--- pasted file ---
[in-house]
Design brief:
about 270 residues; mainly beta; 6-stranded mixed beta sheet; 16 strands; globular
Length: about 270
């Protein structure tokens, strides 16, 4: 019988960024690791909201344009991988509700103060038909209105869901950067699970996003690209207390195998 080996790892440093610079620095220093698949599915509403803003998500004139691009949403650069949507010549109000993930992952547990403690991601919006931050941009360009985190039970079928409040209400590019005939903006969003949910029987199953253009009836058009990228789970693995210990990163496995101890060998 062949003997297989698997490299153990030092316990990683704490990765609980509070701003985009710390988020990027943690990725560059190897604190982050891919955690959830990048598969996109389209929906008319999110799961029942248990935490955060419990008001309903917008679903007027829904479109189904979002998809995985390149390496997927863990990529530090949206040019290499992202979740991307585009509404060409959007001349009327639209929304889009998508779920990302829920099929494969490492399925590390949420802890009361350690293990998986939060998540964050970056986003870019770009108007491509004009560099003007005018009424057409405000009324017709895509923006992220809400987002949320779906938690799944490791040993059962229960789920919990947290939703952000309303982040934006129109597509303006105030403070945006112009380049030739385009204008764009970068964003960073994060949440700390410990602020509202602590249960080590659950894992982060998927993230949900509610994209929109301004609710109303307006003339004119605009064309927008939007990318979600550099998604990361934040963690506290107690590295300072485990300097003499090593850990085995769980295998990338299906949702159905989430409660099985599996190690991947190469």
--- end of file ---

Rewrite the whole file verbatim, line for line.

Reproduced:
[in-house]
Design brief:
about 270 residues; mainly beta; 6-stranded mixed beta sheet; 16 strands; globular
Length: about 270
């Protein structure tokens, strides 16, 4: 019988960024690791909201344009991988509700103060038909209105869901950067699970996003690209207390195998 080996790892440093610079620095220093698949599915509403803003998500004139691009949403650069949507010549109000993930992952547990403690991601919006931050941009360009985190039970079928409040209400590019005939903006969003949910029987199953253009009836058009990228789970693995210990990163496995101890060998 062949003997297989698997490299153990030092316990990683704490990765609980509070701003985009710390988020990027943690990725560059190897604190982050891919955690959830990048598969996109389209929906008319999110799961029942248990935490955060419990008001309903917008679903007027829904479109189904979002998809995985390149390496997927863990990529530090949206040019290499992202979740991307585009509404060409959007001349009327639209929304889009998508779920990302829920099929494969490492399925590390949420802890009361350690293990998986939060998540964050970056986003870019770009108007491509004009560099003007005018009424057409405000009324017709895509923006992220809400987002949320779906938690799944490791040993059962229960789920919990947290939703952000309303982040934006129109597509303006105030403070945006112009380049030739385009204008764009970068964003960073994060949440700390410990602020509202602590249960080590659950894992982060998927993230949900509610994209929109301004609710109303307006003339004119605009064309927008939007990318979600550099998604990361934040963690506290107690590295300072485990300097003499090593850990085995769980295998990338299906949702159905989430409660099985599996190690991947190469």